taking a listen

by Ryan Snyder

THE DELUGE — Cryin’ On the Vine

Shooting for the prickly groove of Leftover Salmon with the songwriting sensibilities of Railroad Earth, the Deluge’s debut album Cryin’ On the Vine is equal parts bouncy mountain funk and high and lonesome pickin’ tunes. Opener “Sky Is Blue” is backed by the strong syncopation of its swing groove with references to American Beauty-era Dead.

“Union” goes on about three verses too long and the ever-building “Last September” lacks a distinct hook before finally fading out. The album’s musicianship is unquestioned, however. Brandon Knox’s unusual vocal cadence drives the pace from track to track, but its flexibility is his real strength. He’s gentle and expressive on the Dave Matthews-y “Starless Night” and “Inside Pocket,” high and lonesome on “The Likes of Man,” and deep and soulful with splendid harmonies on closer “Bags Packed,” a song dominated by outstanding solos, from the fluttery mandolin of James Bernabe to the woeful electric guitar of Chris Lord. Because the influences Cryin’ On the Vine draws on are so distinct, it at times sounds like any other rootsy, danceable album that’s been heard before, but it’s still not without its merits. It’s both hit and miss, but Vine will eventually grow on you.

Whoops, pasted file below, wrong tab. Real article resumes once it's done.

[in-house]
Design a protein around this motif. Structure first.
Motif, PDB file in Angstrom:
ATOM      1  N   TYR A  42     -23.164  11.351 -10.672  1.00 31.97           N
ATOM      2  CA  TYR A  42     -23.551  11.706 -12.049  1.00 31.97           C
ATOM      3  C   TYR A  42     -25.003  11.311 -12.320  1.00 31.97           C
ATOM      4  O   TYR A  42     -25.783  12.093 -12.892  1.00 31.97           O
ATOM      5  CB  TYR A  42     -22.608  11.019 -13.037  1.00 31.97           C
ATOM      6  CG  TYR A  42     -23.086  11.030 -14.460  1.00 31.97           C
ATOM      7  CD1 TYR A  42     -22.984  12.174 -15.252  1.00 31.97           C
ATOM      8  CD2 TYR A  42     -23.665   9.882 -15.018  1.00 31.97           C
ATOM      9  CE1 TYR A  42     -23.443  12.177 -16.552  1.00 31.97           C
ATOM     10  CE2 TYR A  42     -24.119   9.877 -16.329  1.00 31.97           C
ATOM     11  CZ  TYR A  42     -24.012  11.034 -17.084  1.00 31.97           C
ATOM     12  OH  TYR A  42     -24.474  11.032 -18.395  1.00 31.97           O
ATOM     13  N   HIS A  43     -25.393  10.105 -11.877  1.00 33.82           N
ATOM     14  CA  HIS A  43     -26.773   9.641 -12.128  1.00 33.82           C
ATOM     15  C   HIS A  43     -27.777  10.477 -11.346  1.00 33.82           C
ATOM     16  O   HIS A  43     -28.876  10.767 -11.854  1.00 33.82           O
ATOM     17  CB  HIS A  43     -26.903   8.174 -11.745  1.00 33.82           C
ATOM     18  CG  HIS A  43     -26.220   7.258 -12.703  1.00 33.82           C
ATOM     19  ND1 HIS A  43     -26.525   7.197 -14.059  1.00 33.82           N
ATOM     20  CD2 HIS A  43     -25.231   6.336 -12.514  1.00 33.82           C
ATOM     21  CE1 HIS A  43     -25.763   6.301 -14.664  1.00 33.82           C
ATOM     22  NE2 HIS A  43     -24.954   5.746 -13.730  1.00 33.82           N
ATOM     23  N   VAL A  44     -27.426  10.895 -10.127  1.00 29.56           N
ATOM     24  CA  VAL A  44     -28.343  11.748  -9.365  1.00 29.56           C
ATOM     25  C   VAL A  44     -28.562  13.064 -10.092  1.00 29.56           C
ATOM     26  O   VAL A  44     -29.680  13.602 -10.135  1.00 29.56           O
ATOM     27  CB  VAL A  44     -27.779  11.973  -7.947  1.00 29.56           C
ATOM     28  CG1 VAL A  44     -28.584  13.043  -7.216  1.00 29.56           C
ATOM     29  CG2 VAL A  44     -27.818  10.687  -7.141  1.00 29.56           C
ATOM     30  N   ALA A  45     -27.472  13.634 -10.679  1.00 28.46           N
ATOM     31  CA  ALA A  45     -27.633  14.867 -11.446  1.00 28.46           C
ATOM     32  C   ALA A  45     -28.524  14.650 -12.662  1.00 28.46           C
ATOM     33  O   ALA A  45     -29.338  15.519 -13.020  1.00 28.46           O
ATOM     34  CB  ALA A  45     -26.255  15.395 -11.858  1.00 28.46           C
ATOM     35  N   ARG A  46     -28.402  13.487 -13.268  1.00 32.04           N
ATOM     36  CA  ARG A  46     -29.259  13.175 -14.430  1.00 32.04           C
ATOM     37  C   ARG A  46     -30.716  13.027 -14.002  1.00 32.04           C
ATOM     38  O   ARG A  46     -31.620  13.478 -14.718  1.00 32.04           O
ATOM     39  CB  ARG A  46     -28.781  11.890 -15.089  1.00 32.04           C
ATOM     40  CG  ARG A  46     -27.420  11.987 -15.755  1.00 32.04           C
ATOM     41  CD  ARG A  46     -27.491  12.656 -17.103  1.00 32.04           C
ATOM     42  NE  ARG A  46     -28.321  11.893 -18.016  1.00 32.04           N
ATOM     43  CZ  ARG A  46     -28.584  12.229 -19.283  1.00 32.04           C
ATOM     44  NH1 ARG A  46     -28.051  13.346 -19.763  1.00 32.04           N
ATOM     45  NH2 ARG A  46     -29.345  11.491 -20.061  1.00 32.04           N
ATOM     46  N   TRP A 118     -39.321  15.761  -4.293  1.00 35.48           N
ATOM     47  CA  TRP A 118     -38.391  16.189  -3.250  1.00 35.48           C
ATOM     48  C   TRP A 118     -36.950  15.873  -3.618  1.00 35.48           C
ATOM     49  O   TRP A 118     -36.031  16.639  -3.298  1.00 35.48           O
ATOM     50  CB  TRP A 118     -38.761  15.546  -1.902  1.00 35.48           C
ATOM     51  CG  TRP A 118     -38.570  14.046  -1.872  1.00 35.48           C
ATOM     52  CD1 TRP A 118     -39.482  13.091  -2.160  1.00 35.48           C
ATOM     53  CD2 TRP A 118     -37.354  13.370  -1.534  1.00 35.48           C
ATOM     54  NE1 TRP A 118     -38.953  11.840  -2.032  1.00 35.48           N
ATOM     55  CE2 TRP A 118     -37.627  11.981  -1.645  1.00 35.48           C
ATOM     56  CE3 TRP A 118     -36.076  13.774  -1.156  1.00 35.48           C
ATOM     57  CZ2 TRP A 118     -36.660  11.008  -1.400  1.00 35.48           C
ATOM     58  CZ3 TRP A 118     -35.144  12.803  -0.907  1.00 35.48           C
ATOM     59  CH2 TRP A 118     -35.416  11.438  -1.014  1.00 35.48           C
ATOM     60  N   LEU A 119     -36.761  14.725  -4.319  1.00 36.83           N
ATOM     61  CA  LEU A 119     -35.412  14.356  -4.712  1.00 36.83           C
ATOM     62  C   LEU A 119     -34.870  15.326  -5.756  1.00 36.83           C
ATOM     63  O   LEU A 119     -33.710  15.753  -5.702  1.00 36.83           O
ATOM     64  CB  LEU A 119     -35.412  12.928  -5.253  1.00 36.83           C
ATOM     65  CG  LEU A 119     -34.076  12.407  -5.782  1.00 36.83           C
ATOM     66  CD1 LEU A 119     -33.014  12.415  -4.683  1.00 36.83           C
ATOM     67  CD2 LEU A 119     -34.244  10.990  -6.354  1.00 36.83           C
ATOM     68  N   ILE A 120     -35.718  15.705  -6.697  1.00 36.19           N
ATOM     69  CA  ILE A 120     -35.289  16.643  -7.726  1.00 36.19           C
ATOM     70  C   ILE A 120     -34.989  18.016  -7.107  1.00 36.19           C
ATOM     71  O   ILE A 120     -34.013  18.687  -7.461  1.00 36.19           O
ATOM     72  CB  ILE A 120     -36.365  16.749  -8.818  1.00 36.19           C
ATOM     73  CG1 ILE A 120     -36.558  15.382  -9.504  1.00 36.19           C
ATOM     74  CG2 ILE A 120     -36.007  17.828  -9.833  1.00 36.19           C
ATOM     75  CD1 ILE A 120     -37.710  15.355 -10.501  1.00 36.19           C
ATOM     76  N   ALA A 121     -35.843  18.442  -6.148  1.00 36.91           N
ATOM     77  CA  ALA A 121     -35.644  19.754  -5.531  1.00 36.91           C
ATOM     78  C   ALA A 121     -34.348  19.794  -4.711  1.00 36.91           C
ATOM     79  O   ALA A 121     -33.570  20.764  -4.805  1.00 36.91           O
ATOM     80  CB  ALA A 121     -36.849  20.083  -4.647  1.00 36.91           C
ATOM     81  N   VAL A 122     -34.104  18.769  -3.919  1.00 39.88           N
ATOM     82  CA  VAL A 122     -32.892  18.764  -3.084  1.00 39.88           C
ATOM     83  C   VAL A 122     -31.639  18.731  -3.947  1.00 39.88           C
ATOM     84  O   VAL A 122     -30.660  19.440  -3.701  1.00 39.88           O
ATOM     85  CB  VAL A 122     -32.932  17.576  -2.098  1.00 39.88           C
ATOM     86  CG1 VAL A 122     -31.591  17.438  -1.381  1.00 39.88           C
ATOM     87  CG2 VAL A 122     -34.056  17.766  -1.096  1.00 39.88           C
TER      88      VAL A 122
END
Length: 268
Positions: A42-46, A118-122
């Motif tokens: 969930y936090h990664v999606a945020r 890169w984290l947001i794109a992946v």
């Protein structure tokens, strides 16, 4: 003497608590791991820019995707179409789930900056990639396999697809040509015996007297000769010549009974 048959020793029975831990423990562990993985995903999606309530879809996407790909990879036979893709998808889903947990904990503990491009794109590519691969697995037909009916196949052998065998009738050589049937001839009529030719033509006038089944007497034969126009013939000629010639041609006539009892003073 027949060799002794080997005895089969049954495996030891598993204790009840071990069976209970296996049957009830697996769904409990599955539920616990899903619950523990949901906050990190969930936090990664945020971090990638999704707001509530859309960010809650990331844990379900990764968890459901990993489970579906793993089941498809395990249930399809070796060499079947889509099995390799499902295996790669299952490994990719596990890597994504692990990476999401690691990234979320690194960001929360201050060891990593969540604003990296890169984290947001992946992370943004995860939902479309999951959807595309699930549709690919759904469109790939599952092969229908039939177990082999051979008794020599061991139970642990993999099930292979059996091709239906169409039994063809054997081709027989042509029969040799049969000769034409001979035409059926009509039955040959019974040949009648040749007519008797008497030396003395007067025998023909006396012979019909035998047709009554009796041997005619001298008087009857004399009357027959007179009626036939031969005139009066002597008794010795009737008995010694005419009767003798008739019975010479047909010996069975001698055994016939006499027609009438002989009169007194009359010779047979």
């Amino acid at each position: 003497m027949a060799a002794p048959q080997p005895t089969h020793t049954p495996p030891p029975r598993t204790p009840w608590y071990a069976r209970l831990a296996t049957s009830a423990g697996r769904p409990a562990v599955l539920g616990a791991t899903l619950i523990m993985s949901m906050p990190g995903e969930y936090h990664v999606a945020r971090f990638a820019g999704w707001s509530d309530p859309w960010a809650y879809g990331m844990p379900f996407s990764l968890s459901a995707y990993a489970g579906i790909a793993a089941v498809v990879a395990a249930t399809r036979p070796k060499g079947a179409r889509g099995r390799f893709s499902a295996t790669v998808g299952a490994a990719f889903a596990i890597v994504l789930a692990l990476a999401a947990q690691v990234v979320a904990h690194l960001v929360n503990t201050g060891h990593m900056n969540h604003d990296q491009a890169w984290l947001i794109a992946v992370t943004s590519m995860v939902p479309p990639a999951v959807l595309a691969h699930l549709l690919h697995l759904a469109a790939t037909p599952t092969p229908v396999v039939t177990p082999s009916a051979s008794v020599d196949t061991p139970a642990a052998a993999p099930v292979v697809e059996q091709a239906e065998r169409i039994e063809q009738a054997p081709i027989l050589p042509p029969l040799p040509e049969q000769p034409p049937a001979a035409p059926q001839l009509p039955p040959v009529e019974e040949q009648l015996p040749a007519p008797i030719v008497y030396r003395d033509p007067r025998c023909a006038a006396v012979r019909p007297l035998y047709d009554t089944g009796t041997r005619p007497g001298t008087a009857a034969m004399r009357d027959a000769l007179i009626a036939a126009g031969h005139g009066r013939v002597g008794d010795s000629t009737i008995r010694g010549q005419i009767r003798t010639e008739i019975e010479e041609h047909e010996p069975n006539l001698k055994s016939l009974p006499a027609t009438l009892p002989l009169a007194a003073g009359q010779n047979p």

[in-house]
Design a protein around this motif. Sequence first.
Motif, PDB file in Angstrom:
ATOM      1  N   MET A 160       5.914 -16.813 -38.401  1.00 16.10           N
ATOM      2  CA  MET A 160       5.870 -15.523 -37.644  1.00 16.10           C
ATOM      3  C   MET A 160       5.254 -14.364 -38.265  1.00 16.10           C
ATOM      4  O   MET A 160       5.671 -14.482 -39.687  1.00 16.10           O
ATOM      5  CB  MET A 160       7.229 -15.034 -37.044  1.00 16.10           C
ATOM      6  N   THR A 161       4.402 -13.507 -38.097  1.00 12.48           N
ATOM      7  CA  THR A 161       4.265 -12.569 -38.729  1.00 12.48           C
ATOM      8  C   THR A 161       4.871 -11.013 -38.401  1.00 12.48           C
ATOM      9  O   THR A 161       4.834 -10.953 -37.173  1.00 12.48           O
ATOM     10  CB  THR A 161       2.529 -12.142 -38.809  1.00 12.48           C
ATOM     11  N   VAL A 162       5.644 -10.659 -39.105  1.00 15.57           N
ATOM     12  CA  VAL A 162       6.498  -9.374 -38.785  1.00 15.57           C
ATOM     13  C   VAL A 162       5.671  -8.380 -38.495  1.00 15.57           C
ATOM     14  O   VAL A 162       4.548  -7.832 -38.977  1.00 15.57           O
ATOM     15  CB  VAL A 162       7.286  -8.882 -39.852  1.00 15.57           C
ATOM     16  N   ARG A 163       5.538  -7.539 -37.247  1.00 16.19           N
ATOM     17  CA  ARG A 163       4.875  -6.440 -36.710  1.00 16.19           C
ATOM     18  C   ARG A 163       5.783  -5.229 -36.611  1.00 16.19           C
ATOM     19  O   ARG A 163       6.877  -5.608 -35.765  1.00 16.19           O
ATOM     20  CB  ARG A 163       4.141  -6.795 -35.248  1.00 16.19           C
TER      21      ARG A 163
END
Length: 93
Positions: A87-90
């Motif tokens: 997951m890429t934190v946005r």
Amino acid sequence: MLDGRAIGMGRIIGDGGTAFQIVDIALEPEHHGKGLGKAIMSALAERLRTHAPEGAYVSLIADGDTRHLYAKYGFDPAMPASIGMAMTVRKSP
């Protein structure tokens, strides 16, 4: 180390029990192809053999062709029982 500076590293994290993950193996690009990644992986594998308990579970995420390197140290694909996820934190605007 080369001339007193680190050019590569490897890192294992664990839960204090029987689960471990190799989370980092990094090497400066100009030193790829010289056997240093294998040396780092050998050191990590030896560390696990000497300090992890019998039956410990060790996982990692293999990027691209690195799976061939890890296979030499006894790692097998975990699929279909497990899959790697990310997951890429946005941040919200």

The Deluge will perform at J. Butler’s on Saturday.

LOST IN THE TREES — All Alone In an Empty House

Completely unrelated in sound, but so akin in theory, Bill Laswell attempted to fuse metal with turntablism in the early ’90s with Praxis and ended up with some good metal tracks and some good turntable tracks, and Ari Picker has done the same with folk and classical through his folk orchestra project Lost In the Trees. He succeeds beautifully on the title track to open the album, marrying cellos, acoustic guitars and haunting vocal vibratos perfectly, though his lyrics feel heavy-handed and overwrought. Soon after, the album loses its way. “Mvt. I &II Sketch” are purely classical tracks completely bereft of folk influence, while every track from “Song for the Painter” and on are their mirror image. Lacing rock and folk with bits of shimmering string, as Picker attempts to pass off almost entirely on the album’s latter half, is a well-worn path and does not true fusion make. Picker gets extra credit for such an ambitious and original effort, but it’s an album for either the intensely depressed to wallow in it’s emotional bi-polarity or intensely pretentious to lord over the heads of the unapprised; pretty most of the time, but ultimately just empty.